Human Trafficking in Mexico
Human trafficking in Mexico has been a problem for years. Traffickers exploit both domestic and foreign victims. As a common tourist destination, it is important that human trafficking in Mexico is curbed.

What is Human Trafficking?

According to the U.S. Department of Homeland Security, human trafficking “involves the use of force, fraud, or coercion to obtain some type of labor or commercial sex act.” Yearly, there are millions of individuals who are trafficked. Many instances involve Mexico, either as a transportation hub or a point of origin for trafficking victims. Traffickers will coerce individuals to lure them into labor or any sexual exploitation. There are still many gray areas regarding trafficking so it is very important to recognize indicators to protect potential victims. In addition to this, reporting any suspected trafficking is critical to keeping people safe.

Human Trafficking in Mexico

Mexico is not unfamiliar with this issue, with growing increments of human trafficking in the country. Due to corruption and disparities, both social and economic, certain groups in Mexico are considered more vulnerable to trafficking. These groups include women, children, indigenous people, individuals with disabilities and migrants.

Those suffering from poverty are also more vulnerable to trafficking. Individuals who are desperately in need of financial support will take up risky jobs in order to provide for their families, sometimes leading to human trafficking. Additionally, the undereducated are at an increased risk. Traffickers target girls that lack education, most likely due to economic reasons, to sell them into marriage. Human trafficking in Mexico is a result of socio-economic disparities, harmful social norms and economic inequity, all of which fuel the trafficking.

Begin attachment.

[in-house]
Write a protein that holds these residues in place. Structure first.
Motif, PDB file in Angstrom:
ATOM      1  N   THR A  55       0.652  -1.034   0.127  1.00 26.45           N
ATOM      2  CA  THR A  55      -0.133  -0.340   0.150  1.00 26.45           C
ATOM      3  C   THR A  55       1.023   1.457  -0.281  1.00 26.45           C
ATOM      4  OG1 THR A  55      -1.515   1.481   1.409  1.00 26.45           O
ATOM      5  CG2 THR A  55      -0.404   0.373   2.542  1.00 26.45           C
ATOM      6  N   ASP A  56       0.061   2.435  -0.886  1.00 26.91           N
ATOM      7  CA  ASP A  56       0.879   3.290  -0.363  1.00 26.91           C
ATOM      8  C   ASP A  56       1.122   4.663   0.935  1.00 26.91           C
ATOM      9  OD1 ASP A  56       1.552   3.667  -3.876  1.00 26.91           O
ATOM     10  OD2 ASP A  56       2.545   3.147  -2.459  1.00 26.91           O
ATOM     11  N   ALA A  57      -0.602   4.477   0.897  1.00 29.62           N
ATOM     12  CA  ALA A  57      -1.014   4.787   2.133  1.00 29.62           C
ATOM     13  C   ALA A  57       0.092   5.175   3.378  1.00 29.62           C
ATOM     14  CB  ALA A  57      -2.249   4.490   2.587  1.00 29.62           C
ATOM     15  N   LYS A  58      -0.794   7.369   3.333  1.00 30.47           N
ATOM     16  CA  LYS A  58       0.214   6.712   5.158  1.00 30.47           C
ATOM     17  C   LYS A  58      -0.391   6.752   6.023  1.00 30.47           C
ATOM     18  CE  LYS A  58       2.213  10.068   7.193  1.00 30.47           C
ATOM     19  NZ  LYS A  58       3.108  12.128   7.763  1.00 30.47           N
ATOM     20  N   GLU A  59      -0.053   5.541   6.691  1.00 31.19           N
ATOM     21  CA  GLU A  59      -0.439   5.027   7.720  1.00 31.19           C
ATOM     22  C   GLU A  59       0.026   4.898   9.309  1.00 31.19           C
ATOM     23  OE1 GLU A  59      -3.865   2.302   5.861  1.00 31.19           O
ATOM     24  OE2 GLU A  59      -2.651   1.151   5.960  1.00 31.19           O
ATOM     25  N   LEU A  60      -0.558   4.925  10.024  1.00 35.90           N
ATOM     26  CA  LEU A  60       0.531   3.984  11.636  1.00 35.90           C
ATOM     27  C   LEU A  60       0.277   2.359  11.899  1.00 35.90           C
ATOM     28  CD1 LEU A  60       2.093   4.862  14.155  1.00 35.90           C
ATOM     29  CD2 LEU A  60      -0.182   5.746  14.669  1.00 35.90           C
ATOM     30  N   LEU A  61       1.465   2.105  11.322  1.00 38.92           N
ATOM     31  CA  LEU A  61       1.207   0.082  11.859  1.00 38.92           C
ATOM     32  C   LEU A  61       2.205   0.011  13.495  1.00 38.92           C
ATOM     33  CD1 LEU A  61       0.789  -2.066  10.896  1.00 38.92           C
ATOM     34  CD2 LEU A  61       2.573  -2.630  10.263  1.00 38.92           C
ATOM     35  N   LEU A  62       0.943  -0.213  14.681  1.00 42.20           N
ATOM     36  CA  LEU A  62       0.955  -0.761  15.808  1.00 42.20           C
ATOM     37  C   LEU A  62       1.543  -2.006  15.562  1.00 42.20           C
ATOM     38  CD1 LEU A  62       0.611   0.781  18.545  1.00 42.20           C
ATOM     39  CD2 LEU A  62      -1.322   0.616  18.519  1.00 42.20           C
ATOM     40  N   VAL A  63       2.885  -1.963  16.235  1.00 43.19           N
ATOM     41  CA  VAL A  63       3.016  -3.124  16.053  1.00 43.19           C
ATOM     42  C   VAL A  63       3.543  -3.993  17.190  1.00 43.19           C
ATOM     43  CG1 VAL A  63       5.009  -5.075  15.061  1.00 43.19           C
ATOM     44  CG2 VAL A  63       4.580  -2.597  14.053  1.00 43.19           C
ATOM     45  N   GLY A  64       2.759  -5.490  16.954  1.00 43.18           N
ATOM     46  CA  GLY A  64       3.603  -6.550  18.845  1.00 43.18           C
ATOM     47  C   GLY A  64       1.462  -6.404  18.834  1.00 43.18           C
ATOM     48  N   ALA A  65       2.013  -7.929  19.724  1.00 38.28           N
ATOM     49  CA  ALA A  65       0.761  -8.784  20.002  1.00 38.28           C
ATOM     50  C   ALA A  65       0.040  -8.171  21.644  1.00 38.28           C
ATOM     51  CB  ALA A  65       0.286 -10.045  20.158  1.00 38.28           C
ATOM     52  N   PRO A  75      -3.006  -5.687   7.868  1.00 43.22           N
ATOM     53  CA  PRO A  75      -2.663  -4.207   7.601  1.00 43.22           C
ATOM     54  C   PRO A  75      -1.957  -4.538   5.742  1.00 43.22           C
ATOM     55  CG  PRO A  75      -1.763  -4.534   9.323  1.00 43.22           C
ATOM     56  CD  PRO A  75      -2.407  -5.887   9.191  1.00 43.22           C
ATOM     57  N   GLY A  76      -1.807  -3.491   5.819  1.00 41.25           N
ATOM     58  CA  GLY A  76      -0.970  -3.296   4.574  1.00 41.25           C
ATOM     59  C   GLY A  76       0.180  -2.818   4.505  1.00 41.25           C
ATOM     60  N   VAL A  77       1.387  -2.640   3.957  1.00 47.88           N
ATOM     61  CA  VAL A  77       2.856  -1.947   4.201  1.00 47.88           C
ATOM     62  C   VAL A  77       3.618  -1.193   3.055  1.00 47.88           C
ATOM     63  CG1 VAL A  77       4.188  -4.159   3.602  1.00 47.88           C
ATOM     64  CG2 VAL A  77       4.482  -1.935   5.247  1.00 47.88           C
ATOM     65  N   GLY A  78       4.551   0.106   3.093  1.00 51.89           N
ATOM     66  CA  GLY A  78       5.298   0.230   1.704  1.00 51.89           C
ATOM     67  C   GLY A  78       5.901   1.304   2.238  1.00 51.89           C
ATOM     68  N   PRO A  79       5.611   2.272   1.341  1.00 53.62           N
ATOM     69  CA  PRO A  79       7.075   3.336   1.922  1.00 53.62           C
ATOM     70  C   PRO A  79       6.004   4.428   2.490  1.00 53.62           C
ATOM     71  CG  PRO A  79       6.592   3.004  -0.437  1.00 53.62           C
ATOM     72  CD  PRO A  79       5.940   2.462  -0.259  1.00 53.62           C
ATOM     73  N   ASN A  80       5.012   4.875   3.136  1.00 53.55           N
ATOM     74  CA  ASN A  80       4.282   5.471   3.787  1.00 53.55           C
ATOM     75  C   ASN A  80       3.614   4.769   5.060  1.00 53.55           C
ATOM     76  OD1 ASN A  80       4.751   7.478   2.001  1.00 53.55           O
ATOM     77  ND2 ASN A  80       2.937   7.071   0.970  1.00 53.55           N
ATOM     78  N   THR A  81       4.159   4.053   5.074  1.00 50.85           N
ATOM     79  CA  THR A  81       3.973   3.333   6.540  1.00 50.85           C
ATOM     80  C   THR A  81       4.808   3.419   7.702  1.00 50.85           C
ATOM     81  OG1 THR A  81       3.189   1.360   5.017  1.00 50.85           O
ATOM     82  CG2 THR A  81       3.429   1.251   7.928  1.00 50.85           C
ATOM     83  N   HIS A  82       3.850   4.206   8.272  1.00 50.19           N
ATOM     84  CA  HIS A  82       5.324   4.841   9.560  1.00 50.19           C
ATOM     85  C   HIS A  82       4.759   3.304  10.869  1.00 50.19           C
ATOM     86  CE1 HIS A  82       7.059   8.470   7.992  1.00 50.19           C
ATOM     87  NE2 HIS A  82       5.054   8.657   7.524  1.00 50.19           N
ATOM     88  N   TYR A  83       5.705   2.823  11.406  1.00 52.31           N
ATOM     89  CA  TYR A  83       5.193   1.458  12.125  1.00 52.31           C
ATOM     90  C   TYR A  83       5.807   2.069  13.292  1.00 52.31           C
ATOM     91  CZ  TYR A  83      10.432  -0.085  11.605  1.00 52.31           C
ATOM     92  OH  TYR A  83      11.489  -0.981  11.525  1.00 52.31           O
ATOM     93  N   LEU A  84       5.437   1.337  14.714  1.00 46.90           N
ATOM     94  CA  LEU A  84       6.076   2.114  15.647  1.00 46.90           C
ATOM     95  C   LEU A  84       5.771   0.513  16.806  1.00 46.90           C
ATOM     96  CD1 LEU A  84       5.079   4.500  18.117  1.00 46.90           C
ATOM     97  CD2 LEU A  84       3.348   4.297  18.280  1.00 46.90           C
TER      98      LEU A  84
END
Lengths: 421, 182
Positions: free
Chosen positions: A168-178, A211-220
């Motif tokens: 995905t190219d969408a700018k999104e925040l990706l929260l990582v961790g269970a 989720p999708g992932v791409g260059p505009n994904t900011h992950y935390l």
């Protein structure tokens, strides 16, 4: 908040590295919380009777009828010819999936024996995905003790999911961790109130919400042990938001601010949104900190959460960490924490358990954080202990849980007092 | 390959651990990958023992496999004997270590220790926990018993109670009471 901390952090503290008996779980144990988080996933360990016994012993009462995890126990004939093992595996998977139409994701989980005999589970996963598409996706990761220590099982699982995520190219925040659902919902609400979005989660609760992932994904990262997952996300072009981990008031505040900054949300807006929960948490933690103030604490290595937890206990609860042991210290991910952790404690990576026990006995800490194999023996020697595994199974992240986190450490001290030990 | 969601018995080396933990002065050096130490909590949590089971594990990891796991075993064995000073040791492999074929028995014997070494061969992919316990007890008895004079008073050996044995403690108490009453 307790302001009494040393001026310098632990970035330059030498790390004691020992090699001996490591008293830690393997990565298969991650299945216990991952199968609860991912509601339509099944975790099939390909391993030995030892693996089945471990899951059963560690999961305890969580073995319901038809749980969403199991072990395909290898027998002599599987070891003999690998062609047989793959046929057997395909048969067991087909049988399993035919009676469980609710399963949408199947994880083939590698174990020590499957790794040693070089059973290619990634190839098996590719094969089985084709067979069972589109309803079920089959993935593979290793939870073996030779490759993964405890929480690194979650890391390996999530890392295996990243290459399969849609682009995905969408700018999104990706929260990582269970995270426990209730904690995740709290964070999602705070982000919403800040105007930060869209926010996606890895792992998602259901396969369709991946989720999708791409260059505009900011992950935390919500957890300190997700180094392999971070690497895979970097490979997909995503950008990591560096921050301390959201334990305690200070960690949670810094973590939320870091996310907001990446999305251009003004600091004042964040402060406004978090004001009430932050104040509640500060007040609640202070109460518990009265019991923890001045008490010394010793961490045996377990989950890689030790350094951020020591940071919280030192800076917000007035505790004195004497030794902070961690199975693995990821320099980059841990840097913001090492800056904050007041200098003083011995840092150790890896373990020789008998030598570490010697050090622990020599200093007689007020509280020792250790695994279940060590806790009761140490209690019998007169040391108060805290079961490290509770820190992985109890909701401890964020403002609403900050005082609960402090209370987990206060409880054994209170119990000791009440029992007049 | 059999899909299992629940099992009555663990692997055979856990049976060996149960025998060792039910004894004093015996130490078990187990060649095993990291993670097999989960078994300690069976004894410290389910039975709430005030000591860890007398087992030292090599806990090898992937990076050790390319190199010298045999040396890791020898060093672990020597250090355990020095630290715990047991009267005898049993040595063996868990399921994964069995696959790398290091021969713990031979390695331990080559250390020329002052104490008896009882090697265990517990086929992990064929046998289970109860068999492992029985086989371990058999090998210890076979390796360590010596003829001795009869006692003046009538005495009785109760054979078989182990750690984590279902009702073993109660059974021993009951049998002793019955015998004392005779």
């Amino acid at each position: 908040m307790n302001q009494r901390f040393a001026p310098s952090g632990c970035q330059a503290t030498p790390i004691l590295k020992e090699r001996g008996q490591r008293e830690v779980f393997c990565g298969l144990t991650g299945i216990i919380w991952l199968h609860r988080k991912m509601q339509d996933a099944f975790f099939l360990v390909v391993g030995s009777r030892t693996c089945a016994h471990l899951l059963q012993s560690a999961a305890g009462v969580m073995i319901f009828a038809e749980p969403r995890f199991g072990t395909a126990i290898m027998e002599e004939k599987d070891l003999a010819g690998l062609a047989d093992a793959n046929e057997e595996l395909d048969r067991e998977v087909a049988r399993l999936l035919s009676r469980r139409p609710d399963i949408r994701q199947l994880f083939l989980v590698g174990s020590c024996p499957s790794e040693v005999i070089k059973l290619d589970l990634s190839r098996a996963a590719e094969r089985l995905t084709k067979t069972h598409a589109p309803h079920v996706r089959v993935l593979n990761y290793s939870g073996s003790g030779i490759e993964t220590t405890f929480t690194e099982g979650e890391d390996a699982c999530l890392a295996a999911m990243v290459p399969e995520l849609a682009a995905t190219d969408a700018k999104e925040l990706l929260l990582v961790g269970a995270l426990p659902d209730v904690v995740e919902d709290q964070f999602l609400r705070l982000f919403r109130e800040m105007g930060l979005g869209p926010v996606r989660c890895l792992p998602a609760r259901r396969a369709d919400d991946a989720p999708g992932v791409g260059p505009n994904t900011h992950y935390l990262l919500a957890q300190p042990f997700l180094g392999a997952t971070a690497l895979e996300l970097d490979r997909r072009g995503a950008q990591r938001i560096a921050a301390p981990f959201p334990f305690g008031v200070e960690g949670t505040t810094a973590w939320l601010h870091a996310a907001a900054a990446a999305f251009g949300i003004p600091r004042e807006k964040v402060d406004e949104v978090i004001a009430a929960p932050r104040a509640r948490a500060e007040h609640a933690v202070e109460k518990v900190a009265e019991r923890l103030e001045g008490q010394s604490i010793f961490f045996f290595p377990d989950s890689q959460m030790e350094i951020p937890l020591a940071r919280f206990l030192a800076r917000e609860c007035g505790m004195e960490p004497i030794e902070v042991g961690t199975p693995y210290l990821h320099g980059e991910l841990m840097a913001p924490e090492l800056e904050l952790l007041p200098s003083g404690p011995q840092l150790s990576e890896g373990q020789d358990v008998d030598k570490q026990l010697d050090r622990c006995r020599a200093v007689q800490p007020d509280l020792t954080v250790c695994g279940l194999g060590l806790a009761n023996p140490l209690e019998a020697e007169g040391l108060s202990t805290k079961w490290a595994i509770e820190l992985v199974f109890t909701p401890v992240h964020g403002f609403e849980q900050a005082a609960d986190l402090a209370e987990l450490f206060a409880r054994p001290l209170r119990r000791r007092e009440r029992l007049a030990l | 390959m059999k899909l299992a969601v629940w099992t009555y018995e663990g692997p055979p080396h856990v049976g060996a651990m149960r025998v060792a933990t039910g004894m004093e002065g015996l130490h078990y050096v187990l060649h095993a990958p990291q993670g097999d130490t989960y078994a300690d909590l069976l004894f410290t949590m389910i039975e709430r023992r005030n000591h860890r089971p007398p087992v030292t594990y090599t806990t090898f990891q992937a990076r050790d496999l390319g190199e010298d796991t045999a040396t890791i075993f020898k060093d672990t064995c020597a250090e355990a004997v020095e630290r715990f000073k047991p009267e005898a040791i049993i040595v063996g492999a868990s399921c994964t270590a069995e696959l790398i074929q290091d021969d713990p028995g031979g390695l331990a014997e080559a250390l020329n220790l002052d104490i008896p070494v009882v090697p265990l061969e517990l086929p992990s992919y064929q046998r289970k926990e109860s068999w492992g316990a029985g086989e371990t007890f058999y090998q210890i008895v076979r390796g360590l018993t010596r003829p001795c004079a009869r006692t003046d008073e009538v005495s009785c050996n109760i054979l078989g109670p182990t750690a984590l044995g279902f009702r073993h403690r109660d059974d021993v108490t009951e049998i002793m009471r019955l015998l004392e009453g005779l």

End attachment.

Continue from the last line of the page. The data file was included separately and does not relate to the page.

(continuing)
Government Efforts

Due to a lack of awareness and education, Mexico has struggled to reduce human trafficking. Legal solutions, such as the anti-trafficking law passed in 2004, are only the first step to effectively stopping human trafficking in the country. Currently, the Mexican government is reviewing the “failing” anti-human trafficking policy and working to provide better support for victims.

This review has shown that a direct financial approach by the government itself would be more beneficial to those who needed it the most. Investing in systems operations and rehabilitation would help more than corruptible laws. Furthermore, the government is acknowledging its shortcomings in data and analysis when it comes to trafficking. In order to correct this, it is working to create a better, more reliable system.

Receiving a mixed response, the Mexican government also announced the discontinuation of supporting anti-trafficking NGOs. The country intends to establish its own shelters and relief centers for victims in Mexico. Despite some criticism, this shift will hopefully have a positive impact on trafficking victims in the country.

Moving forward, it is crucial that the government and humanitarian organizations continue to make addressing human trafficking a priority. You can learn more about human trafficking in Mexico here.

– Nicole Sung
Photo: Flickr